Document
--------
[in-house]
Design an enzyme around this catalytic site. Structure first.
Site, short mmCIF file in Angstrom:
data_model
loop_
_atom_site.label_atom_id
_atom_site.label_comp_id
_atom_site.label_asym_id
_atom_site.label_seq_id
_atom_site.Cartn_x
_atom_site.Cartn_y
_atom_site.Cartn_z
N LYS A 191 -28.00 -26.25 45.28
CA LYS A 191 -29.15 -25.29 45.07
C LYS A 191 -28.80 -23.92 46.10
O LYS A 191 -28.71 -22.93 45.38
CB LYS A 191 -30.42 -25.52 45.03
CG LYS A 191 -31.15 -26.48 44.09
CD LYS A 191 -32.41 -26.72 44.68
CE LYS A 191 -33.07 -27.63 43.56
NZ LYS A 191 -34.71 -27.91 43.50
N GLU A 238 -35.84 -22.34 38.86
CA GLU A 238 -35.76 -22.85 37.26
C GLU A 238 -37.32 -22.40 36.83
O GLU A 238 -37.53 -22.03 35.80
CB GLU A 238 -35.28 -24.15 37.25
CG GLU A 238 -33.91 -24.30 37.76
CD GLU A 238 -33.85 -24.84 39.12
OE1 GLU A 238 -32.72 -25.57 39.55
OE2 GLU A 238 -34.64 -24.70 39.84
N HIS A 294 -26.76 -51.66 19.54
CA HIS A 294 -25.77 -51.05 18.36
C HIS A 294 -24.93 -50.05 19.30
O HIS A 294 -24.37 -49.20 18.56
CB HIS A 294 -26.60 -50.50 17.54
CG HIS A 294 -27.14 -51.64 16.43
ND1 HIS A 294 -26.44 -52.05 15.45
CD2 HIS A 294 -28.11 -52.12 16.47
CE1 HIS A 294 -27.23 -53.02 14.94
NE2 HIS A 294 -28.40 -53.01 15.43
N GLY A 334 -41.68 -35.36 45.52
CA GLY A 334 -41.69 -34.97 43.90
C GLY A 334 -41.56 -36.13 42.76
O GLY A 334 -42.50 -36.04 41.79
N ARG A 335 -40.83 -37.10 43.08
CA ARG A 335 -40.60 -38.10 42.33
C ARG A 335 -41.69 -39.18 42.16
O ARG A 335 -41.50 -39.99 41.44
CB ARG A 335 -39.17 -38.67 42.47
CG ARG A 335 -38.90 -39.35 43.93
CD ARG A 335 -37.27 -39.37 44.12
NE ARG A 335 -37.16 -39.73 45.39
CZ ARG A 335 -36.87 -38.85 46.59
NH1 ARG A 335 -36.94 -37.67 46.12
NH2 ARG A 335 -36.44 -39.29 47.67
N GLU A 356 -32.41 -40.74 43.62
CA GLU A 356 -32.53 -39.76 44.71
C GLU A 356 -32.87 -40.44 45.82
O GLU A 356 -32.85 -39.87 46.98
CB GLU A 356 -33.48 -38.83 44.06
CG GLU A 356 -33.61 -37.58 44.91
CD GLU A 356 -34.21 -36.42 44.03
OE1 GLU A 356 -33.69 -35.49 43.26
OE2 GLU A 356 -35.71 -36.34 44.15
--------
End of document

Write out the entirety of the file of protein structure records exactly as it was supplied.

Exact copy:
[in-house]
Design an enzyme around this catalytic site. Structure first.
Site, short mmCIF file in Angstrom:
data_model
loop_
_atom_site.label_atom_id
_atom_site.label_comp_id
_atom_site.label_asym_id
_atom_site.label_seq_id
_atom_site.Cartn_x
_atom_site.Cartn_y
_atom_site.Cartn_z
N LYS A 191 -28.00 -26.25 45.28
CA LYS A 191 -29.15 -25.29 45.07
C LYS A 191 -28.80 -23.92 46.10
O LYS A 191 -28.71 -22.93 45.38
CB LYS A 191 -30.42 -25.52 45.03
CG LYS A 191 -31.15 -26.48 44.09
CD LYS A 191 -32.41 -26.72 44.68
CE LYS A 191 -33.07 -27.63 43.56
NZ LYS A 191 -34.71 -27.91 43.50
N GLU A 238 -35.84 -22.34 38.86
CA GLU A 238 -35.76 -22.85 37.26
C GLU A 238 -37.32 -22.40 36.83
O GLU A 238 -37.53 -22.03 35.80
CB GLU A 238 -35.28 -24.15 37.25
CG GLU A 238 -33.91 -24.30 37.76
CD GLU A 238 -33.85 -24.84 39.12
OE1 GLU A 238 -32.72 -25.57 39.55
OE2 GLU A 238 -34.64 -24.70 39.84
N HIS A 294 -26.76 -51.66 19.54
CA HIS A 294 -25.77 -51.05 18.36
C HIS A 294 -24.93 -50.05 19.30
O HIS A 294 -24.37 -49.20 18.56
CB HIS A 294 -26.60 -50.50 17.54
CG HIS A 294 -27.14 -51.64 16.43
ND1 HIS A 294 -26.44 -52.05 15.45
CD2 HIS A 294 -28.11 -52.12 16.47
CE1 HIS A 294 -27.23 -53.02 14.94
NE2 HIS A 294 -28.40 -53.01 15.43
N GLY A 334 -41.68 -35.36 45.52
CA GLY A 334 -41.69 -34.97 43.90
C GLY A 334 -41.56 -36.13 42.76
O GLY A 334 -42.50 -36.04 41.79
N ARG A 335 -40.83 -37.10 43.08
CA ARG A 335 -40.60 -38.10 42.33
C ARG A 335 -41.69 -39.18 42.16
O ARG A 335 -41.50 -39.99 41.44
CB ARG A 335 -39.17 -38.67 42.47
CG ARG A 335 -38.90 -39.35 43.93
CD ARG A 335 -37.27 -39.37 44.12
NE ARG A 335 -37.16 -39.73 45.39
CZ ARG A 335 -36.87 -38.85 46.59
NH1 ARG A 335 -36.94 -37.67 46.12
NH2 ARG A 335 -36.44 -39.29 47.67
N GLU A 356 -32.41 -40.74 43.62
CA GLU A 356 -32.53 -39.76 44.71
C GLU A 356 -32.87 -40.44 45.82
O GLU A 356 -32.85 -39.87 46.98
CB GLU A 356 -33.48 -38.83 44.06
CG GLU A 356 -33.61 -37.58 44.91
CD GLU A 356 -34.21 -36.42 44.03
OE1 GLU A 356 -33.69 -35.49 43.26
OE2 GLU A 356 -35.71 -36.34 44.15